By Robert Zucker
The search for gold in the Santa Catalina Mountains, north of Tucson, has generated stories of hidden riches embedded in the mountains, early Spanish mines, a lost city and a lost mission possibly near the Canyon of Gold.
The Cañada del Oro, or Canyon of Gold, is an intermittent stream that runs through the Santa Catalina Mountains and empties out of the north end. The CDO once flowed year round. Now, it is mostly dry. But, the hills are still rich with its history and minerals.
As time passed, the whereabouts of the Spanish mining operation had faded from memory, except through the legends, until it was revived during the Arizona Gold Rush in the 1880s. 
One hundred years after the Jesuits left, the mines became lost in memory. A few lingering legends and newspaper articles kept the story alive. But, the stories of gold in the Santa Catalina Mountains brought new frontiersmen to the dusty streets of Tucson.
As prospectors began to scour the Santa Catalinas in the 1870s for minerals, they also were looking for the legendary lost mine. They learned the stores from Tucson residents who told the stories from their elders.
After the California Gold Rush ended in 1859 some of the disillusioned, the well financed and the adventurous eventually migrated to Southern Arizona in search of gold. Prospectors dug all around the Santa Catalina Mountains. At the time gold was running a steady $18.93 per troy ounce.
The white man’s Arizona Gold Rush first started in the Cañada del Oro after several chance discoveries of the precious ore.
The land around the Cañada del Oro was being homestead by Mexican rancher Francisco Romero in the mid-1850s, followed by other settlers, including Pedro Charouleau  and Mariano G. Samaniego.
The period between 1860 and 1870 brought an increase in more than three times the population from 915 residents to 3,224. The Tucson population more than doubled to 7,007 by 1880. By 1890, the number of residents dropped to 5,120 and increased back to 7,531 by 1900.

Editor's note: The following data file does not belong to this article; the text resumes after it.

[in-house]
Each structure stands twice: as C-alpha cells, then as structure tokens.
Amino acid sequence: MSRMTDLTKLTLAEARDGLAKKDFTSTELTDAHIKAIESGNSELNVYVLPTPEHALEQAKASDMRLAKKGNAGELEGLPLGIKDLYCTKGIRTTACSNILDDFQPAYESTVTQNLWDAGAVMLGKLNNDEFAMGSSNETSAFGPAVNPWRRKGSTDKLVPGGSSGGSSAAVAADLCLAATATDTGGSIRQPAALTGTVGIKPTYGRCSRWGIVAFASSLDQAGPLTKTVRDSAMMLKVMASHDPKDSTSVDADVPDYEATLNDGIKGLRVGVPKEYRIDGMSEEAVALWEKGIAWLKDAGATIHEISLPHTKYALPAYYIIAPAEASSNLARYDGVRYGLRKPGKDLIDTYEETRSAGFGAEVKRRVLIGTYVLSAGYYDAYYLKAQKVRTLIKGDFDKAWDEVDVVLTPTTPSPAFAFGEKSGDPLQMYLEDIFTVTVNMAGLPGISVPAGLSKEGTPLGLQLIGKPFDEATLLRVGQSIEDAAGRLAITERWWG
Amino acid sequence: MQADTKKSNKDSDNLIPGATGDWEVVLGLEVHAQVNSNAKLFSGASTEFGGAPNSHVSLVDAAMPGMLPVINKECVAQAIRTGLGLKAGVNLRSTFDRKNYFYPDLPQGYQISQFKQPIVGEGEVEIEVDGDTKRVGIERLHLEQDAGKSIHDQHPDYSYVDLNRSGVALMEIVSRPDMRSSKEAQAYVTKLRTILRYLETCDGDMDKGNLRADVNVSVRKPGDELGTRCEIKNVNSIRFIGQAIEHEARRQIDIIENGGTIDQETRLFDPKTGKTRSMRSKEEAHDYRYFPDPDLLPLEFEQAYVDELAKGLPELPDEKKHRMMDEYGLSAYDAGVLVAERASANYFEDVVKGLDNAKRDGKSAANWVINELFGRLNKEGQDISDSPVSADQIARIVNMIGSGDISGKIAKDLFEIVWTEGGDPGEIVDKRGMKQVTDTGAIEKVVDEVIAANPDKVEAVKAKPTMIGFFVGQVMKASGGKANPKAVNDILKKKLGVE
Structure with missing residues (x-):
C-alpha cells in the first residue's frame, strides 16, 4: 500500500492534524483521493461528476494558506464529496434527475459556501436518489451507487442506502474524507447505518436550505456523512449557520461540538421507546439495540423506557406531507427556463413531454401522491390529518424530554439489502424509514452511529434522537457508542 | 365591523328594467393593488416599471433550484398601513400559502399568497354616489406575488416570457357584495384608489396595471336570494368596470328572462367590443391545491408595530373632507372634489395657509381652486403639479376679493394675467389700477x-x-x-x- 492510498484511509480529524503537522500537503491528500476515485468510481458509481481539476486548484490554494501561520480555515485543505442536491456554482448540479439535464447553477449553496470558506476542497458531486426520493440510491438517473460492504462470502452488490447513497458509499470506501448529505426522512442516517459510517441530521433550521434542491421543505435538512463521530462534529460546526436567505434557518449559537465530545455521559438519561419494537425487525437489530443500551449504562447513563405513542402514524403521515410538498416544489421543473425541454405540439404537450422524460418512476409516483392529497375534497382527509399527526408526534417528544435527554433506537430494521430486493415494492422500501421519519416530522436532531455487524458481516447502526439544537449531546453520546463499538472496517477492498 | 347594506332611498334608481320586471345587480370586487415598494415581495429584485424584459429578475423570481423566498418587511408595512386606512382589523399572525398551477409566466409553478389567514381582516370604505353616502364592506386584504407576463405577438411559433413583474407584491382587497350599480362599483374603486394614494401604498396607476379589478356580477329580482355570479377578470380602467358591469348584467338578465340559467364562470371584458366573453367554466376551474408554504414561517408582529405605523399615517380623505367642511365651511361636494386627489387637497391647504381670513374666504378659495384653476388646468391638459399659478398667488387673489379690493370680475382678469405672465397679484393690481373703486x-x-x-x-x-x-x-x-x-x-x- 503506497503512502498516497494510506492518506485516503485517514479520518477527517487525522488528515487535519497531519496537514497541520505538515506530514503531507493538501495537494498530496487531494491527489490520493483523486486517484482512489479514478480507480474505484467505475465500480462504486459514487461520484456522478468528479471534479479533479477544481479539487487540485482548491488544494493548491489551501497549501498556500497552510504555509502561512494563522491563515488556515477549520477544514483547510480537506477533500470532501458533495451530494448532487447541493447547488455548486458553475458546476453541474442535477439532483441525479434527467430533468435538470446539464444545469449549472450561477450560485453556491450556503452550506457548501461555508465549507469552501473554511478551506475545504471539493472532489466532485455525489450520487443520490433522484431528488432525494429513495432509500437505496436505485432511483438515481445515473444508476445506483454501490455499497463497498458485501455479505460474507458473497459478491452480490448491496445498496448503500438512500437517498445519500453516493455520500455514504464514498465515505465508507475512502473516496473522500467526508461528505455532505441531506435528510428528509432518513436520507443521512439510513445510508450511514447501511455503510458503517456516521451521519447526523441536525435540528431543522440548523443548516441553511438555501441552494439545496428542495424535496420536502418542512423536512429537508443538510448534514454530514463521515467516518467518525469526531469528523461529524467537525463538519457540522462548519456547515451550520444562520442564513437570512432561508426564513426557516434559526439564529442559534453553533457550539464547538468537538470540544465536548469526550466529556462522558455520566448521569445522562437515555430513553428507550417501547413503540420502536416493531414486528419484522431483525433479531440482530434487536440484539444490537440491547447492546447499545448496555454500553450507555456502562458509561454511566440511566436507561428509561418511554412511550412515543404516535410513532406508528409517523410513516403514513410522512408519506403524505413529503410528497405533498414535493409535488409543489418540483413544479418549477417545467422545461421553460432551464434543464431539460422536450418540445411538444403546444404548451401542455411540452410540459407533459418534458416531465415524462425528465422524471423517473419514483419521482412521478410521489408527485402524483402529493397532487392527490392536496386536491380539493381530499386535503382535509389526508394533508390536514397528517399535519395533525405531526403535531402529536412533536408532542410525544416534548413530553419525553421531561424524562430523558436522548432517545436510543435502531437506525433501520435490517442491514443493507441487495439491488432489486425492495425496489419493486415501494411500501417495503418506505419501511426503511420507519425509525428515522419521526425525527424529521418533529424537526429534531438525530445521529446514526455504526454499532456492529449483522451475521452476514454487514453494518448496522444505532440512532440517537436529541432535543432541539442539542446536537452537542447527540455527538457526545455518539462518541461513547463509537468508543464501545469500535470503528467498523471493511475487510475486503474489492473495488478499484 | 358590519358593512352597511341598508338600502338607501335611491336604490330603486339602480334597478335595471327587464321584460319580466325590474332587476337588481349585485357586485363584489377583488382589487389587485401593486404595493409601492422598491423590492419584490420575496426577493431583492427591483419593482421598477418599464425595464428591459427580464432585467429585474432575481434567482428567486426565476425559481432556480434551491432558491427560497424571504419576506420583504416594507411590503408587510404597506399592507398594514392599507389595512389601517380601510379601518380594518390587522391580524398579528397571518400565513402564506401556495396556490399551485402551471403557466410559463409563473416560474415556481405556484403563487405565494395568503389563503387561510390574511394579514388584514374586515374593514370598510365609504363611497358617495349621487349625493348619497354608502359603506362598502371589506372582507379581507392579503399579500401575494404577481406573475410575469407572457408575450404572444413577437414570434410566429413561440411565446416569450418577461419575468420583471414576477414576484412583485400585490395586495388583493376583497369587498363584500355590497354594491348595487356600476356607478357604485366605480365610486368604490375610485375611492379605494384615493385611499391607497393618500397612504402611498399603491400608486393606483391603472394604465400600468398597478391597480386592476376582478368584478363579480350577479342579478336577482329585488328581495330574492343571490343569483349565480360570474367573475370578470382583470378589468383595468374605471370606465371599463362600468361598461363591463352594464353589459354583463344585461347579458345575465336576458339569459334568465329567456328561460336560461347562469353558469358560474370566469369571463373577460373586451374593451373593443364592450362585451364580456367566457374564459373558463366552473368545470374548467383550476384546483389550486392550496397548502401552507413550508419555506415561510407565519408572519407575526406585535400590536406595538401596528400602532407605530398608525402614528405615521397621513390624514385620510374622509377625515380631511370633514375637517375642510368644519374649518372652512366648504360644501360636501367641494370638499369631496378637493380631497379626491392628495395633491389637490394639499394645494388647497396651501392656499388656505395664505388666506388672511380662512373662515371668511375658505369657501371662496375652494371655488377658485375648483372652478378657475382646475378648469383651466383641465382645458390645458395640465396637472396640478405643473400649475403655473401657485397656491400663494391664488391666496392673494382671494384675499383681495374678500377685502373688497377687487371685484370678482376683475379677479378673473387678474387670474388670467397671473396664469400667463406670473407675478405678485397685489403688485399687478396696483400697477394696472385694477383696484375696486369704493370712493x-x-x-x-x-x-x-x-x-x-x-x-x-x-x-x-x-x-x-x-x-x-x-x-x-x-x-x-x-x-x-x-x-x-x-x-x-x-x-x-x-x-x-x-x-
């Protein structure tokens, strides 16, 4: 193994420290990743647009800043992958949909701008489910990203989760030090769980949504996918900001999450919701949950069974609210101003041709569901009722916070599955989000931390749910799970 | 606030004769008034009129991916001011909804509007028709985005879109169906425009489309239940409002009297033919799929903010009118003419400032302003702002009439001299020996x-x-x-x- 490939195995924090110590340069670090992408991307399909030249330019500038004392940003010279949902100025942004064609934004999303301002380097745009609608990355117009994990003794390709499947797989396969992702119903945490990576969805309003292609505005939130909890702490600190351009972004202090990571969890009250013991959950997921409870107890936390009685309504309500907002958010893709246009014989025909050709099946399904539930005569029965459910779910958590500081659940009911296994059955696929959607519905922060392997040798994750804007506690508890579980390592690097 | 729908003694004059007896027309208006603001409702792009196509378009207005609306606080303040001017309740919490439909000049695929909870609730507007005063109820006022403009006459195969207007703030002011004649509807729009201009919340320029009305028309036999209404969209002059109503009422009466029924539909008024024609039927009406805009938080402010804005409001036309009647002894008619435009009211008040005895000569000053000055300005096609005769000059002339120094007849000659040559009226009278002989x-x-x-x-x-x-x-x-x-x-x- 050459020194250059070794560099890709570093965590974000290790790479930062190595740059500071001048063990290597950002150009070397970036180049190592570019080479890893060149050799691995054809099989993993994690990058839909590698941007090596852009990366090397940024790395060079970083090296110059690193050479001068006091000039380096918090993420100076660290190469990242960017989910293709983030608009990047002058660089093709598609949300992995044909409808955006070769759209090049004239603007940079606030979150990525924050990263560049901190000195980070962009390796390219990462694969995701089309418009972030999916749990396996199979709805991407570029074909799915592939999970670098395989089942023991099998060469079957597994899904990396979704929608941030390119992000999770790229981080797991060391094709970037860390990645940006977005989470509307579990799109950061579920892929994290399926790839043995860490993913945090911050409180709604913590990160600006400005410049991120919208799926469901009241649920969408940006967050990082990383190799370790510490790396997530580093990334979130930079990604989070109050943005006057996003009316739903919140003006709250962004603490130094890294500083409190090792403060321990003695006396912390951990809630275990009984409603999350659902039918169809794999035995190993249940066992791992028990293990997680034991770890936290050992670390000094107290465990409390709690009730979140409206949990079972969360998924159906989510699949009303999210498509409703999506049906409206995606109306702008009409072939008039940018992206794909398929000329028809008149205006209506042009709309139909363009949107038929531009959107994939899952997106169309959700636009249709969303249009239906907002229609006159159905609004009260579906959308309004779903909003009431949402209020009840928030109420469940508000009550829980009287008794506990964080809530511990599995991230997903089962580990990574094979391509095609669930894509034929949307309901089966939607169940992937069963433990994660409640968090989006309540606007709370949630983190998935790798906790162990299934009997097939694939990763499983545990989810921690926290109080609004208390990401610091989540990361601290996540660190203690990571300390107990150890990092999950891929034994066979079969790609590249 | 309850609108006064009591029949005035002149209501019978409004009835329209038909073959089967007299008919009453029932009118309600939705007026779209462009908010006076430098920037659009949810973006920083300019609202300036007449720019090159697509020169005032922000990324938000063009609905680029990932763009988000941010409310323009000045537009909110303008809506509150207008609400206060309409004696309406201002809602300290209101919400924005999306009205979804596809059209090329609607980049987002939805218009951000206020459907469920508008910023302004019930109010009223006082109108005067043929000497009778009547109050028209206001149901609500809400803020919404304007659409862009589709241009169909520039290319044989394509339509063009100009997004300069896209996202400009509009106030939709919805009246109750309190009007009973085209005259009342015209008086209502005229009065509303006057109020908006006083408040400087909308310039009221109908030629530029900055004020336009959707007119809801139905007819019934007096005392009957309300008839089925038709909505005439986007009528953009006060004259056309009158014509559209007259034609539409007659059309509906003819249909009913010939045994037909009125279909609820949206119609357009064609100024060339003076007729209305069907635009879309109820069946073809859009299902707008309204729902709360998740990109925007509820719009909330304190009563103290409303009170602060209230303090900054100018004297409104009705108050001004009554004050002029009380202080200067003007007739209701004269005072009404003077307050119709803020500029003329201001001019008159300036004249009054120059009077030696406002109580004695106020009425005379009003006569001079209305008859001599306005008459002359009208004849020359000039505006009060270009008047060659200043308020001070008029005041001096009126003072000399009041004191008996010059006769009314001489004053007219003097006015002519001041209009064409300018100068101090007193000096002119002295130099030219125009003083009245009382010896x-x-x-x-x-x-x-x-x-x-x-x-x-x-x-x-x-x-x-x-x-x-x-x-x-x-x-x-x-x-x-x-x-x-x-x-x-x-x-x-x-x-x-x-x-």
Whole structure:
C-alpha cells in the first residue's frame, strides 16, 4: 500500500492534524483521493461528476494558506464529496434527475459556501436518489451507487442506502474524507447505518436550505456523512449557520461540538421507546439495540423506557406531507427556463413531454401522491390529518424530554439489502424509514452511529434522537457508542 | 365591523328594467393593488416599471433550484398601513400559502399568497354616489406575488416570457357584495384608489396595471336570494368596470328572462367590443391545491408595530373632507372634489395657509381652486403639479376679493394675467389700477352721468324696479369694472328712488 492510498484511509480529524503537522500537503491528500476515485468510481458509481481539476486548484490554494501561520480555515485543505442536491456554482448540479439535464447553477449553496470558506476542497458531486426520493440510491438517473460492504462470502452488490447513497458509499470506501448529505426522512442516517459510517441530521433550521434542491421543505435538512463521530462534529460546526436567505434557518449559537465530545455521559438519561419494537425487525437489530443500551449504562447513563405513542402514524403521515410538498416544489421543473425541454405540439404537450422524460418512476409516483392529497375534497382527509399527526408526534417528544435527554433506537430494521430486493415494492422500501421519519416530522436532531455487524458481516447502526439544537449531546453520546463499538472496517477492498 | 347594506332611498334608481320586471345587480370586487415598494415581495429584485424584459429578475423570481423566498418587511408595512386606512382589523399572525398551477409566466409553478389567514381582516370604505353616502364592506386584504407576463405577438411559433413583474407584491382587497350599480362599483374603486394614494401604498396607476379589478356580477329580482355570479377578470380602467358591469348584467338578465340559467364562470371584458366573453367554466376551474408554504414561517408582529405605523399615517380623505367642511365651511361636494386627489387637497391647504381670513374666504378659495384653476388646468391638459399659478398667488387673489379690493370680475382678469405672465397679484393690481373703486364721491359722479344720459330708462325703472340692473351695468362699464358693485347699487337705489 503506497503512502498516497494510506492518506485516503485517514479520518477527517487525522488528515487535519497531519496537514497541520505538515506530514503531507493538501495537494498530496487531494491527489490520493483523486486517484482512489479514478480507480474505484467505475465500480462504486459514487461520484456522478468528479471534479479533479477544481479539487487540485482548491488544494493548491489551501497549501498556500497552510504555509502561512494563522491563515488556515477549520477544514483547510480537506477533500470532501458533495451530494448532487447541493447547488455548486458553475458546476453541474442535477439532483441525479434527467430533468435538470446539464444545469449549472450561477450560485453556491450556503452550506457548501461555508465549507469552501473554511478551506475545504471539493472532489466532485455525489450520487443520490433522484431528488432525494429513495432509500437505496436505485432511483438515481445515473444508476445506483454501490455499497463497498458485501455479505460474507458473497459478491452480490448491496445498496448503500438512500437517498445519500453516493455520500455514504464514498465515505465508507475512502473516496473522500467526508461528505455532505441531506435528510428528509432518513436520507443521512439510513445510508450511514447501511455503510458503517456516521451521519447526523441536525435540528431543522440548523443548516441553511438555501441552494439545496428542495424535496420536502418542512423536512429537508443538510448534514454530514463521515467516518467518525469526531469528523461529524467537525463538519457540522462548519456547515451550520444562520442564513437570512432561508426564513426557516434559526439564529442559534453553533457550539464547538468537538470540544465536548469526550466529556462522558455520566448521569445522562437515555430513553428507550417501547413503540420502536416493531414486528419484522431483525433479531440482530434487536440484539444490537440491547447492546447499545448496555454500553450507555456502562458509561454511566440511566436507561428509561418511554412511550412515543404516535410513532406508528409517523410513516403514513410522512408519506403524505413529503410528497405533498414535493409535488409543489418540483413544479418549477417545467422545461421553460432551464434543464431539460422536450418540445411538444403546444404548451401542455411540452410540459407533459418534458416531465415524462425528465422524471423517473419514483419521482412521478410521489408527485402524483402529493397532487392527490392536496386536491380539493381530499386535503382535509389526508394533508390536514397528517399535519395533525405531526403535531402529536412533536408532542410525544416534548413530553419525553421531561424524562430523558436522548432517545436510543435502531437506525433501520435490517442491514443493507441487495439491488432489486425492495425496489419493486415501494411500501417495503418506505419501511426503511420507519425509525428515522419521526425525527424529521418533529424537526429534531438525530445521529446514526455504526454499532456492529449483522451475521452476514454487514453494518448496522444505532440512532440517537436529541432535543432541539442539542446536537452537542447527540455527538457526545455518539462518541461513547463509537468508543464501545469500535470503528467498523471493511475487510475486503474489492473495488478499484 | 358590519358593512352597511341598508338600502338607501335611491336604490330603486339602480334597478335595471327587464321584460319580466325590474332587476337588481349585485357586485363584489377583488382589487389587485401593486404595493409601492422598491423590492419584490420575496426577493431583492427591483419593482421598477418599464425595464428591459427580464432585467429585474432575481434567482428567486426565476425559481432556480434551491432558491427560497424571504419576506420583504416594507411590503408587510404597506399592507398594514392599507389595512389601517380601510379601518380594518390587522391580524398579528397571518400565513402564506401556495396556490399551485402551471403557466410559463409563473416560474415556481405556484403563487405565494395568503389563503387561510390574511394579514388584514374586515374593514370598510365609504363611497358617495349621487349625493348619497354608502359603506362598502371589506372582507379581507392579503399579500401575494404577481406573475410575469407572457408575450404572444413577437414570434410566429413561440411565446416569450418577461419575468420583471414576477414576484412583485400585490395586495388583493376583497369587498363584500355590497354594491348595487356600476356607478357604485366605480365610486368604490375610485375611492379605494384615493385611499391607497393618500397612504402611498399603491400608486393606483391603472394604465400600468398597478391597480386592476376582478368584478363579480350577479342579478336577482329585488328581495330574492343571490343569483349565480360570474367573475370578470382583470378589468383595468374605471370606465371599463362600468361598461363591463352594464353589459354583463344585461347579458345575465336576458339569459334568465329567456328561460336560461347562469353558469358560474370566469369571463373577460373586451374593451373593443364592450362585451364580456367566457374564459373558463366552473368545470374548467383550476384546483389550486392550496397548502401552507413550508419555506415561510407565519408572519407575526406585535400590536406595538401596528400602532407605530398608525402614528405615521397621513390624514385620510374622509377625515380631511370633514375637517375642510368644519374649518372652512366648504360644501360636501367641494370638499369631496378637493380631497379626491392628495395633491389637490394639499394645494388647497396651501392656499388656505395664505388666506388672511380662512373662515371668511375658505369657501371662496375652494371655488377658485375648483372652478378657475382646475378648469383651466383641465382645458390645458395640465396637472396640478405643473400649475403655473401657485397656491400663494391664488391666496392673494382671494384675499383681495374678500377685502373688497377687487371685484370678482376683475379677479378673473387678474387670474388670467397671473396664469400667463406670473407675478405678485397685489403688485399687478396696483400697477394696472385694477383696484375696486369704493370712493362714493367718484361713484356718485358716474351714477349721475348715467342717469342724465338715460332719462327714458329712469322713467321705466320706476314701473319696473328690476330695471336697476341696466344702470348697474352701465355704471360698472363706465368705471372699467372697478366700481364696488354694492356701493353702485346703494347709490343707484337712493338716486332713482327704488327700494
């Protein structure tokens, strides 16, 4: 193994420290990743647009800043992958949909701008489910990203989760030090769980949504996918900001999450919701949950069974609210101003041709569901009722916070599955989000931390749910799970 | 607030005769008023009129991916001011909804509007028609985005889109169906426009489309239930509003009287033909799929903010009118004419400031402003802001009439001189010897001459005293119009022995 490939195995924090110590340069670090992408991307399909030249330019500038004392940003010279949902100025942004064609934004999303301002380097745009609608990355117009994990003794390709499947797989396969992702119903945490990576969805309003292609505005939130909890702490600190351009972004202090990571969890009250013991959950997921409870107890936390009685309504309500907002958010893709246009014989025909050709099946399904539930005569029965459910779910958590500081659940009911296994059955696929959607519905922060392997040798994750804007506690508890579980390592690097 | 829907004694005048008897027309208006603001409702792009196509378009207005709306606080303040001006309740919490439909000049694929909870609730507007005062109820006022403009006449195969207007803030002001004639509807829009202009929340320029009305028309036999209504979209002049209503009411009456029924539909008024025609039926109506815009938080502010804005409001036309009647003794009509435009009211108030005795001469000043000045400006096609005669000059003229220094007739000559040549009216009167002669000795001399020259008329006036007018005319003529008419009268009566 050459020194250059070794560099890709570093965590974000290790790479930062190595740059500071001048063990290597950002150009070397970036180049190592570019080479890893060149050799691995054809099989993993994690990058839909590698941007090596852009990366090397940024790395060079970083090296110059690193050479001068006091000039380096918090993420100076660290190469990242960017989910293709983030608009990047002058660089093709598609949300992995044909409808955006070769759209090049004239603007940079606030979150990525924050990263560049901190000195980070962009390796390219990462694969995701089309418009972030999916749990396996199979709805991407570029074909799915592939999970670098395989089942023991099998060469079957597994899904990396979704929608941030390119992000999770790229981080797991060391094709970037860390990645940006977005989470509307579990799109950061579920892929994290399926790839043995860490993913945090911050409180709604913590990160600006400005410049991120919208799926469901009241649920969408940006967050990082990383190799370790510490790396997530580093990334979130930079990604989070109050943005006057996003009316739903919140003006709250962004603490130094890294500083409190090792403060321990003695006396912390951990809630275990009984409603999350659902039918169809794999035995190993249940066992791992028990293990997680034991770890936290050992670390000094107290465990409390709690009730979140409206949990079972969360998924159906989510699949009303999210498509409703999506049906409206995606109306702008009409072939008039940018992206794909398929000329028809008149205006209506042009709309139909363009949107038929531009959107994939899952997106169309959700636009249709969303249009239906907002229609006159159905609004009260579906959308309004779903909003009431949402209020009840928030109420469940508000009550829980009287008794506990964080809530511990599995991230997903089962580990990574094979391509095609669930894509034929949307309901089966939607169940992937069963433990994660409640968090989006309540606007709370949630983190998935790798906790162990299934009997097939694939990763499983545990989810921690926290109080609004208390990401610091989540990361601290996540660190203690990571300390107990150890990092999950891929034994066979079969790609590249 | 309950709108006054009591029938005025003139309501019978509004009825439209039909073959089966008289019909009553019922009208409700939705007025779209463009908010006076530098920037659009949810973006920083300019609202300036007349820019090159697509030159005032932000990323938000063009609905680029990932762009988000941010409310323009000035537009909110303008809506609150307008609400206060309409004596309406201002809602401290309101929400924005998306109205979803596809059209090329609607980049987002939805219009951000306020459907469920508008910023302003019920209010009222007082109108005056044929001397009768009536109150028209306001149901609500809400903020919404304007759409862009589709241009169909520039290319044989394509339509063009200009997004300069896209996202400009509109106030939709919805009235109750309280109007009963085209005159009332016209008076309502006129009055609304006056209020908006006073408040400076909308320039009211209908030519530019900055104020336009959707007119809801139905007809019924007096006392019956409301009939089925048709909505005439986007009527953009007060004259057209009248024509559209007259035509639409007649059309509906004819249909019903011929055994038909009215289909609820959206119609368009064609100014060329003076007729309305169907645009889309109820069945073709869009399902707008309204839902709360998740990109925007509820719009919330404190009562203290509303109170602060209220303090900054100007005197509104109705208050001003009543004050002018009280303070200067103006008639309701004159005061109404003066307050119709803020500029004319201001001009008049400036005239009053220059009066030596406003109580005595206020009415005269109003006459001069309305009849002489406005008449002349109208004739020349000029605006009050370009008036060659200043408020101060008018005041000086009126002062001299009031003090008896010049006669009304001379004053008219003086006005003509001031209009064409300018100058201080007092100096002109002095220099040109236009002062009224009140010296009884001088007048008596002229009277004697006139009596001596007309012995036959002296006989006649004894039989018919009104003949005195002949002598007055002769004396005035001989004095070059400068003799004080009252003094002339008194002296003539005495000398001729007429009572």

In 1982, a reported 230 oz of gold was recovered in a resource assessment test on “placer gravels allegedly near 200-year-old placer sites of the Spaniards.”  At today’s prices, it would be worth over $300,000.
The Santa Catalina Mountains continued to be extensively mined for copper, silver and gold throughout the 1900s. Some of Tucson’s pioneer community leaders like Mariano Samaniego, E.O. Stratton and Sheriff Bob Leatherwood were prominent prospectors who lived and worked around the Catalina Mountains. Even William “Buffalo Bill” Cody heavily invested and explored the hills in search of precious minerals, and for the Mine With The Iron Door, with his friend William Neal.
Gold mining the Catalina Mountains still has some lucrative prospects, according to a mining assessment report published by the U.S. Bureau of Mines in 1994.  While American mining ventures have taken out as much of the gold and copper it could from the Catalina mountains for over a century, there are still some spots that haven’t been explored in a long, long time.
Today, the Oracle Ridge Mine, near Mt. Lemmon, and the Mammoth Mines near Oracle have both resumed operations. The Little Hills Mine, near Oracle, has been running for decades. Only one prospector still holds an active mining claim to a remote spot in the Santa Catalina Mountains. Every weekend, amateur prospectors still roam the mountains for that precious gold.
While most of the substantial gold bearing quartz ore has been hauled away from the mountains, fortunate prospectors can still find quartz bearing gold and silver, in select areas of the mountains.
The Cañada del Oro, or Canyon of Gold, flowing south out of the Santa Catalina Mountains. The name came from the gold that prospectors found as they settled the mountains. The Spanish knew this area as a source of gold.